parts of the bike. I just used masking tape and newspaper. I suggest putting several layers of newspaper so that the oven cleaner does not soak through.

Now that our work area is clear, we are now ready to start stripping the anodized finish off of the work area. I highly recommend wearing safety glasses from here on. Start by spraying the oven cleaner on the work area. Try to spray close to the area as to
prevent over wetting your newspaper. Let the oven cleaner sit on there for about 20-30 minutes. Wipe off the oven cleaner with a wet sponge. Now reapply a coat of oven cleaner to the work area. Now the work area should start to turn black. Once it has turned black, you can wipe off the oven cleaner. Check to make sure that all of the work area is black. If there are spots, then you need to
reapply the oven cleaner to those areas to get the anodizing all of the way off. The areas that still have an anodized finish will not
polish. Now that our work area is free of any anodized finish, we are ready to start polishing.

Install a spiral sewn buff onto you buffer. I had to use two washers on the bottom of the buff to be able to crank the buff on really tight to the buffer. You will not want the buff to spin on the shaft of the buffer. I also recommend leaving the handle off of the
buffer as this will just get in your way.
We will start with the Emory compound first. This is a rather abrasive compound.
We will apply this to the buff. I recommend putting in earplugs now as the buffing process is quite loud. Turn the buffer on and lock it in at the fast speed.
Now take the Emory compound and apply it to the buff. By holding it against the surface of the buff, it will start to
melt onto the buff.
We can now start buffing. Hold the buff against the surface of the work area. Use a little pressure, but not too much as we want the buff and compound to do the work. You will start to see the black disappear from the work surface. You are actually starting to buff the work material now. You will begin to see results in no time at all.
I suggest moving back and forth in a slow even motion so you do not heat the metal too much and cause imperfections in the final look.
If you are leaving a residue of compound on the work area then you are using too much compound. Be sure to rake your buffs every few minutes to keep them clean. Once the buffs have filled with metal, they will buff very slowly and will be gray and hard. It is time to replace the buff at that time. Continue buffing all of the surfaces until they are smooth and appear polished. Even though the work area will appear polished, it will not be as appealing in the sunlight as it will if you finish the process.

The second step is very similar to the first step except for the compound. We will now need to switch to the Tripoli compound. This is a less abrasive compound as the first and this process should not take near as long. Follow the steps as before, once again letting the buff do the work. This will help to remove most of the scratches that the first step has left in the metal. Your work area should now really start to luster.

We are very close to finishing the project. The next step is to clean any of the compounds that may have built up from
the buffing process. I recommend using Mothers to clean this residue off. We do not want any residue built up that can scratch
the surface again. The last step is to remove all of the fine scratches from the work surface.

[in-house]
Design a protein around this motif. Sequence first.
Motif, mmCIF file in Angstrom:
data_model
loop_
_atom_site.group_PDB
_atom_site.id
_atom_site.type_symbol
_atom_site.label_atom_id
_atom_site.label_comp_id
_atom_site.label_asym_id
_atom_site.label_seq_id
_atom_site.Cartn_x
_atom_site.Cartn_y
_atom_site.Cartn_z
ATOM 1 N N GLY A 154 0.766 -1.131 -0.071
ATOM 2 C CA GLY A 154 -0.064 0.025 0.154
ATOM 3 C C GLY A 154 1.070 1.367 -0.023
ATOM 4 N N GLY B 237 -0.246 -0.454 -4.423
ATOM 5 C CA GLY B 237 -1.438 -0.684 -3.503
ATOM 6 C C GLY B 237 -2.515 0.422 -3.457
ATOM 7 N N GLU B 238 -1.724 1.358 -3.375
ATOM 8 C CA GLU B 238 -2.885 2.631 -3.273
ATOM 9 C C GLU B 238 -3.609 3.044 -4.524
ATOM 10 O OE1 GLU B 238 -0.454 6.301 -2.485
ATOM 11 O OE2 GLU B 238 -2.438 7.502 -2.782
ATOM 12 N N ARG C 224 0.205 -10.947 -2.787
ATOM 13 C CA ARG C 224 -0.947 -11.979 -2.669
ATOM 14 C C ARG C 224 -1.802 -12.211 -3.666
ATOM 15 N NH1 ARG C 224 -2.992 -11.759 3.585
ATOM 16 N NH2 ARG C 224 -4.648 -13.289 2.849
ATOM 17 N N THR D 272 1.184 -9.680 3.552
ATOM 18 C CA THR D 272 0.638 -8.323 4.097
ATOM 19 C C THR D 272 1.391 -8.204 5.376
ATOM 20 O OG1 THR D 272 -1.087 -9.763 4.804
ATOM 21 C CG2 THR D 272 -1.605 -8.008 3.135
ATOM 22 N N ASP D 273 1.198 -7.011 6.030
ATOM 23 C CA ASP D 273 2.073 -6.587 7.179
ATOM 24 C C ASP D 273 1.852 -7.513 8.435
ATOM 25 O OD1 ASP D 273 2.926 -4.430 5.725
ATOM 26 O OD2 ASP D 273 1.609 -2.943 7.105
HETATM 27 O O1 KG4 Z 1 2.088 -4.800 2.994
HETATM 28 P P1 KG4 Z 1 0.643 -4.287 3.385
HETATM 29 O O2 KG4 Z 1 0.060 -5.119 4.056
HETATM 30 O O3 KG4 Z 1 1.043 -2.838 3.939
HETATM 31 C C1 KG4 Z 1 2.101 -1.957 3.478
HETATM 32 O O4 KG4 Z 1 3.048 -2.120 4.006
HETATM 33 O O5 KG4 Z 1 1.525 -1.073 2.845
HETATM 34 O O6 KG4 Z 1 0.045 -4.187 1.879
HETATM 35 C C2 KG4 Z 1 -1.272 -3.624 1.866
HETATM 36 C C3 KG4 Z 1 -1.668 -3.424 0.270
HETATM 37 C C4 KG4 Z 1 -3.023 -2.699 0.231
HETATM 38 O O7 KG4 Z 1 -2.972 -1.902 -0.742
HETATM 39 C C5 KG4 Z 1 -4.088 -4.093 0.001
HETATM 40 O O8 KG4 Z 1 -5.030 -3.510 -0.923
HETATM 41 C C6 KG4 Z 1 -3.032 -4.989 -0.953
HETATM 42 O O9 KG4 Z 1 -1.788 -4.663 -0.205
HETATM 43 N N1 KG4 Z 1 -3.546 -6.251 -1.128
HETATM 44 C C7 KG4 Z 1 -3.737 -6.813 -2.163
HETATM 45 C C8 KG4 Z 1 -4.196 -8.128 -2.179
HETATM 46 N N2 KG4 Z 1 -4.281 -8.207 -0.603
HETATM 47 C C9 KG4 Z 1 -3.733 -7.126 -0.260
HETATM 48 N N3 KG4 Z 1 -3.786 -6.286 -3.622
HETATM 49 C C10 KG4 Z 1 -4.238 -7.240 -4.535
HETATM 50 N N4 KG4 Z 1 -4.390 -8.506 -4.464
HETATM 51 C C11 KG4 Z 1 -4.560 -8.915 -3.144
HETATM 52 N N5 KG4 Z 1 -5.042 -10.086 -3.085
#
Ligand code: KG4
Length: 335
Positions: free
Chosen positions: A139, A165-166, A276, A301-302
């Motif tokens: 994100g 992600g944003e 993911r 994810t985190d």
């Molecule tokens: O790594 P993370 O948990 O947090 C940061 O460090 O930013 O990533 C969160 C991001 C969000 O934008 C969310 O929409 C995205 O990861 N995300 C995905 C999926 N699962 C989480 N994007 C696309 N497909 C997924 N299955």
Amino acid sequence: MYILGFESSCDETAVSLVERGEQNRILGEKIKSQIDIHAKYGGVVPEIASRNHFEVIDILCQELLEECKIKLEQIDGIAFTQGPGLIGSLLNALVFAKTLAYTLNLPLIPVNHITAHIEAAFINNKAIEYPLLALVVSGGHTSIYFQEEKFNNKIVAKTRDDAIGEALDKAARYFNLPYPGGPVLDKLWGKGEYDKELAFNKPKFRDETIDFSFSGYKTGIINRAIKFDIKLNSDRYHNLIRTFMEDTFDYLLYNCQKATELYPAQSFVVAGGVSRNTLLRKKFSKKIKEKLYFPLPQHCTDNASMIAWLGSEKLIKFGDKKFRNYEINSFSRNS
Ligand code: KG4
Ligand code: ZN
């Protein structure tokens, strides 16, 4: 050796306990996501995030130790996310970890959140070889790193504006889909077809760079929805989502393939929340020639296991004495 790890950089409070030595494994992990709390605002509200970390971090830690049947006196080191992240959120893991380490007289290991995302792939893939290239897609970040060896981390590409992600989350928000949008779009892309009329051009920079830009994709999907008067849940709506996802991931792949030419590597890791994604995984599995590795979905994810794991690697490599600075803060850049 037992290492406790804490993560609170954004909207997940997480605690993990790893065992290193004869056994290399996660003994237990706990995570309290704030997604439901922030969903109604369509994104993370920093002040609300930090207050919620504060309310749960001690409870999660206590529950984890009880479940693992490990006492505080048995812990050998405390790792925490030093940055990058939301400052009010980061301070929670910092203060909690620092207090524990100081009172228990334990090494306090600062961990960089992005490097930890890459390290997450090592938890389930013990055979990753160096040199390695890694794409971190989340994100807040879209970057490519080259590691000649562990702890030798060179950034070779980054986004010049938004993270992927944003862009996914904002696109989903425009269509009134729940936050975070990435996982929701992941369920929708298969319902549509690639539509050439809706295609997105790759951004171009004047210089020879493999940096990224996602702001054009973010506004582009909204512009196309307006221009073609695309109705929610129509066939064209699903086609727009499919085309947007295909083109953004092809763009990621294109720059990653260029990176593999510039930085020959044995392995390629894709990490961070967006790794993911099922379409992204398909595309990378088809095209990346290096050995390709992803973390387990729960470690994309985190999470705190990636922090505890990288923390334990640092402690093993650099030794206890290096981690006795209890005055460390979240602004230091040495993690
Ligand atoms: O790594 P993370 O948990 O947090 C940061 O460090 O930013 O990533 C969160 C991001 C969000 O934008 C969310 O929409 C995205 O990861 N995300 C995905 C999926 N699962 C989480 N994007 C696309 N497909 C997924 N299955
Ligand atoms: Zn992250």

This process is the easiest, but the compound is the hardest to use. We will use the loose sewn buff and the White Rouge. The hard part is the fact that we are using a loose sewn buff so it is hard to get the compound onto the buff. Once it is on though, you will just lightly apply this to the work surface. This will remove any final scratches left by the first couple of steps. You will be able to keep your work looking nice by cleaning it with the Mothers.
This process does not have to be done all of the time.

The finish will be quite resilient once the polishing is done.
 

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tileandslate said:
I cannot remember the name of the product but you can get it at an outomotive store. I think we get ours at O'Reilly's but I am sure others carry it. Anyway, it comes in a small silver can and when you open it all you see is this handful of what looks like old wool insulation. The stuff is awesome though. I just finished restoring an old fire truck withthis stuff and the aluminaum diamond plate looked awful. This stuff made it look like a mirror finish, and that's on diamond plate with alot of wear and tear. You just take out a little piece of this stuff and lightly rub it on the aluminum in small sections and it sleans and polishes the aluminum. Then you just wipe it down with a clean towel and PRESTO.
Everybody who said something about needing to continuously polish it though is true. The coating that forms on aluminum is called a Patina and actually protects the metal from further oxidation (same thing happens on copper, brass, lead, zinc etc... etc...). So every time you shine it up you are exposing fresh metal to further oxidation and basically making it rust away but without the little red stains. That being said, it would probably take 50 or 60 years of polishing to wear into a piece of structural type aluminum to wear it down to the point of failure.
SO POLISH THAT BABY UP.

P.S. I would probably shy away from the steel wool unless your metal is heavily coated with patina. Steel wool is very abrasive even at the 0000 level. Yours shouldn't be in that bad of shape and a polish should do wonderfully for you.
Eagle one --nevrdull-wading polish.It works good at cleaning up the alum. an even helps it shine . But I usually go back over the part with mothers an it really helps it shine. I might try some of the other products mentioned above if I can find them. Theres always something better to use,An these guys have mentioned a few to try.
 

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re

note to flitz users:

use a paper towel instead of cotton tee shirts-it works much better
but still not as good as excites :wink: